As trail runners and hikers romp up and down Hong Kong’s highest mountain, dripping in sweat, cramping and desperate for somewhere to relax, they know they can depend on the Tai Mo Shan Kiosk. For 24 years, the shop’s operator, Connie Kong For-lin, or Lin Jie to her friends, has tirelessly served the community.
Hordes flock to the kiosk for drinks, frozen pineapples and dumplings. And now, a 55km race, The Wonders of Tai Mo Shan on December 7, wants to honour her contribution to the running community. Race organiser Wyan Chow Pui-yan called her and the kiosk “iconic” and a “landmark”.
“We wanted to support her because Lin Jie has the spirit to stir us all. We want to bring it to the public eye through her efforts, her thinking and her spirit,” she said.
The humble Jie said she likes working in the outdoor environment and share in the experience of the trail runners. She won the right to operate the kiosk through a bidding process, but had no plans to be there for 24 years. When she started, the only race was the 100km Oxfam Trailwalker, and there weren’t many hikers either.
“There is a big contrast,” Jie said. “It is because people are now more health conscious after Sars [a 2002 Severe Acute Respiratory Syndrome epidemic]. In 2003, people started coming to Tai Mo Shan for hiking, trekking and running.”
She also noticed an increase in cyclists after Sarah Lee Wai-sze won a bronze medal for cycling in the 2012 Olympics.
“Overall, more and more people came here, no matter Chinese, young, old, Hong Kong people,” she said. “There are more tourists. They climb to the mountain top and then they come to take a picture of me because there are so many articles of me.”
Jie was nominated twice for a lifetime achievement award by the Gone Running Hong Kong Trail Running Awards. She said taxi drivers in the nearby Tsuen Wan know where to go if one asks for Lin Jie or the Kiosk.
“I'm very glad it's become a landmark for the tourists,” Jie said. “They come here for the environment, but taking pictures of me makes me happy because it is a happy memory for them too.”
“I am happy to share. It is not about selling a product but sharing a feeling. It is not just a kiosk,” she said.
In 2016, there was a cold snap that saw temperatures drop uncommonly low for Hong Kong. There was ice on top of Tai Mo Shan during the Vibram HK100 and the race was stopped early. Still, runners trickled through to the end and hordes of hikers made their way up the mountain having never seen frost before. Jie stayed in the kiosk for 40 hours to “support everyone and help participants caught in the mountains”.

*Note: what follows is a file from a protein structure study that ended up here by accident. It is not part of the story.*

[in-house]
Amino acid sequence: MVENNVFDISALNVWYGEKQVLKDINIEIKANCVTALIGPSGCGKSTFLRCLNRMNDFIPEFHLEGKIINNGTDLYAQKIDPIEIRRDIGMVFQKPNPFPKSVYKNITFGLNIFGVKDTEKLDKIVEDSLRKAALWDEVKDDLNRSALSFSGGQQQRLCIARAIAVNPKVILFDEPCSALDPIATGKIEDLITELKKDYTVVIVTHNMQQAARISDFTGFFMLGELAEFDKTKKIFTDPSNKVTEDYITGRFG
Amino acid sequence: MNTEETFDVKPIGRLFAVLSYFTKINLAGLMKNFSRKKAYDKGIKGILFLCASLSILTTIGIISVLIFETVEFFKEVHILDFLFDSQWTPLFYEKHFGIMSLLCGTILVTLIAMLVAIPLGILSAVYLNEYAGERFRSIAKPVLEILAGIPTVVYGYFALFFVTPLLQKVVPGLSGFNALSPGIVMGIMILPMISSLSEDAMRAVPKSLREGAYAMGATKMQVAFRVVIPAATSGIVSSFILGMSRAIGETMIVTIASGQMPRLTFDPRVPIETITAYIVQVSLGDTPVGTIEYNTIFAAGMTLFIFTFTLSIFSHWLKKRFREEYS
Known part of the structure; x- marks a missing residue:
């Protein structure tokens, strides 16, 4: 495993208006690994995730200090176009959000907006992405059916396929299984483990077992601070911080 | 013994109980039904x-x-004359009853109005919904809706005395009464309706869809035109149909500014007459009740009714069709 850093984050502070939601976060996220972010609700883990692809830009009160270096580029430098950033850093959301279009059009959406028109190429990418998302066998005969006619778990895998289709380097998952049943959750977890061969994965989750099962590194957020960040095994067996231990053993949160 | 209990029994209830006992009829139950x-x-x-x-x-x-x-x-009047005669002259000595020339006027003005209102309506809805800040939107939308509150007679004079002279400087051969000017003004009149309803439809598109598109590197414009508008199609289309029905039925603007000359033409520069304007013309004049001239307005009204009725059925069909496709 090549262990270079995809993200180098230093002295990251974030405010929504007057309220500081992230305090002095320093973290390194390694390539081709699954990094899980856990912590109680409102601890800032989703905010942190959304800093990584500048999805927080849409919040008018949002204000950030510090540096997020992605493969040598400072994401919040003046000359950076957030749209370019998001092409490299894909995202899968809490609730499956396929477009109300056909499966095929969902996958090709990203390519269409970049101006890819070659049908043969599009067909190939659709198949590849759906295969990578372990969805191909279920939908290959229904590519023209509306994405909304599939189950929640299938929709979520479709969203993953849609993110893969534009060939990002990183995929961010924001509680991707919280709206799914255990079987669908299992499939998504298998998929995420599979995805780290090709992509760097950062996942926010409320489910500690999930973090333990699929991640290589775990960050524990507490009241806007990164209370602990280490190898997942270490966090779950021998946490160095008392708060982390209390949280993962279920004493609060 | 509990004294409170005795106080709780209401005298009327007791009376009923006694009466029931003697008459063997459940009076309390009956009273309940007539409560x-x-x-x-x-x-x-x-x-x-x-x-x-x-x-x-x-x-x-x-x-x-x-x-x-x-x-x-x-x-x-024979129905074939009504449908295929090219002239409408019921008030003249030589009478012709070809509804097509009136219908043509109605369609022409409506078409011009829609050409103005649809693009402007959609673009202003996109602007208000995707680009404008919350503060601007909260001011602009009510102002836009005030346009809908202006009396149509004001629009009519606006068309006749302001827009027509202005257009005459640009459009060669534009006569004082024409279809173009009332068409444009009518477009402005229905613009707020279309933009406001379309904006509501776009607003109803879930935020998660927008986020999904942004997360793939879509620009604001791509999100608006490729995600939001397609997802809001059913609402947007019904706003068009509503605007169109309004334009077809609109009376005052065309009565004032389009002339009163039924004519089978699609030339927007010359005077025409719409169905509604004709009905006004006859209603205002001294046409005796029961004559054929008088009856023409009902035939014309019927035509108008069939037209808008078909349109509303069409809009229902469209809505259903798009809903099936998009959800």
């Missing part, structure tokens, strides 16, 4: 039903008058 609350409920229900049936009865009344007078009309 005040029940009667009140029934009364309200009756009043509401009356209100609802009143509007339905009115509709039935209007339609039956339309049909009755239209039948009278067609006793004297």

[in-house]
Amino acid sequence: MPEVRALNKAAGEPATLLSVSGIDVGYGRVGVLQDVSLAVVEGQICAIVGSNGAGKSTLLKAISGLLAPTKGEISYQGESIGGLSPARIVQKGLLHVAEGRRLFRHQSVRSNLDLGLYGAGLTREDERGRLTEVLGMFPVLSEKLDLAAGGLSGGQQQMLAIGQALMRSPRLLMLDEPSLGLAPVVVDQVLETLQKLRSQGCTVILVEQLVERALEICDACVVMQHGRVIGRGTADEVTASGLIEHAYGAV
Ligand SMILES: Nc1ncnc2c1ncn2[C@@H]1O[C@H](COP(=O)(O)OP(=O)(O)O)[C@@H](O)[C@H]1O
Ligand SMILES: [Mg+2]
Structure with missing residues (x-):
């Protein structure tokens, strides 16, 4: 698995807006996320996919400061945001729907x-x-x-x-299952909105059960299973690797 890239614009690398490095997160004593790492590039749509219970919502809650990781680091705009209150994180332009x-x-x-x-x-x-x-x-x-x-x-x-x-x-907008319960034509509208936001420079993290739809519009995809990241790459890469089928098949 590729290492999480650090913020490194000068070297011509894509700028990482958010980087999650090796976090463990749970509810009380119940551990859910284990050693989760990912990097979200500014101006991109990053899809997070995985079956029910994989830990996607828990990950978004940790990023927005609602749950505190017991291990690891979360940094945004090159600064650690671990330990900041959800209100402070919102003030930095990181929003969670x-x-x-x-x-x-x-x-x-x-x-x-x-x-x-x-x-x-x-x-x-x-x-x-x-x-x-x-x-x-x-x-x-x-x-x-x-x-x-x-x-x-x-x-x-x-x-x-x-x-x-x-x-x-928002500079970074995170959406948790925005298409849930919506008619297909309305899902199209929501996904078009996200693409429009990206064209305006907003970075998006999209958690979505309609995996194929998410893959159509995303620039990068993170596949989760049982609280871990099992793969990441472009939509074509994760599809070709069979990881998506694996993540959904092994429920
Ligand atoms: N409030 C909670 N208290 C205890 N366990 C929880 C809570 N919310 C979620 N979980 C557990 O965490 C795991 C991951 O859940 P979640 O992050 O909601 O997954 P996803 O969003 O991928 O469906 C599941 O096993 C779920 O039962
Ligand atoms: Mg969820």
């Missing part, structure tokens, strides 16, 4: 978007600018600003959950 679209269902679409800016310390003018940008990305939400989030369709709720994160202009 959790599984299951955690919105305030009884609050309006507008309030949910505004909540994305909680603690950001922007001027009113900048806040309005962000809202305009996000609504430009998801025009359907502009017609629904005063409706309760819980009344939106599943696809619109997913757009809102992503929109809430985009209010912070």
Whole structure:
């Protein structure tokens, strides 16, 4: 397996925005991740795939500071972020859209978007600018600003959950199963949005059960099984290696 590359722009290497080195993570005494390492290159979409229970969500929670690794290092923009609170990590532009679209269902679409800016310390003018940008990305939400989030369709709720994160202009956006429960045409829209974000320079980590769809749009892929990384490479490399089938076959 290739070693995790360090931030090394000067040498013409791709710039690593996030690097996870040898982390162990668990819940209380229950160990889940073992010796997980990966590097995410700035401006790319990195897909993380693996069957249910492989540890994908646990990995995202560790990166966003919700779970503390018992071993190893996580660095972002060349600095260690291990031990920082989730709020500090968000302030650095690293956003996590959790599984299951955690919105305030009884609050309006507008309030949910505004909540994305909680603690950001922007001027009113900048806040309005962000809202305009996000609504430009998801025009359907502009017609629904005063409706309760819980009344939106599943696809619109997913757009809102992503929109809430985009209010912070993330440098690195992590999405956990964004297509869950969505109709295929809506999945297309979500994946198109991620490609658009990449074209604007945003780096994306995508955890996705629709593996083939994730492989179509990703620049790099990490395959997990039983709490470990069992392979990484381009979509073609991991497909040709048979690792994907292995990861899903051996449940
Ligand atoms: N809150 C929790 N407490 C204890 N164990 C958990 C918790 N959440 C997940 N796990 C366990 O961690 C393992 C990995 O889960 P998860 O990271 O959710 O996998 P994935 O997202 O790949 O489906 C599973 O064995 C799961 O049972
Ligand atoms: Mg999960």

Actress and model Hidy Yu Hui-tung, of Kick Ass Girls and The Fatal Raid fame, is an ambassador for The Wonders of Tai Mo Shan race. She said she is taking part in the race as she enjoys Tai Mo Shan, and thinks it is perfect training because “you can go to the top, come down and if it isn’t enough, you go again”.
“But the best thing is Lin Jie,” she said. “The food is good and she is so nice. We gather here. Before, my friends and I used to have hotpots or karaoke, but now we come here. If you call Lin Jie, she'll stay and wait for you.”
Yu was oblivious to the natural wonders of Hong Kong until she did a TV show six years ago that introduced the mountains to the public.
“From that moment on, I was like 'oh my god, Hong Kong is so beautiful'. I didn't realise it was crazy beautiful,” she said.
Yu was hooked, and soon ran the 100km Oxfam Trailwalker, followed by cameras. She has since run numerous 100km races around the world, from Sweden to the Gobi Desert.
“It was my dream to complete one 100km race, but once you've completed it you want more and more and more,” she said. “I changed from very chilled walking to wanting to challenge myself.”
In Hong Kong, we are blessed to have access to the mountains, and to have Kong waiting to serve food at the base of our highest hills, Yu said.
“Sports and nature is a great combination,” Yu said. “If you like sport and you like nature, you can explore a lot of the world.”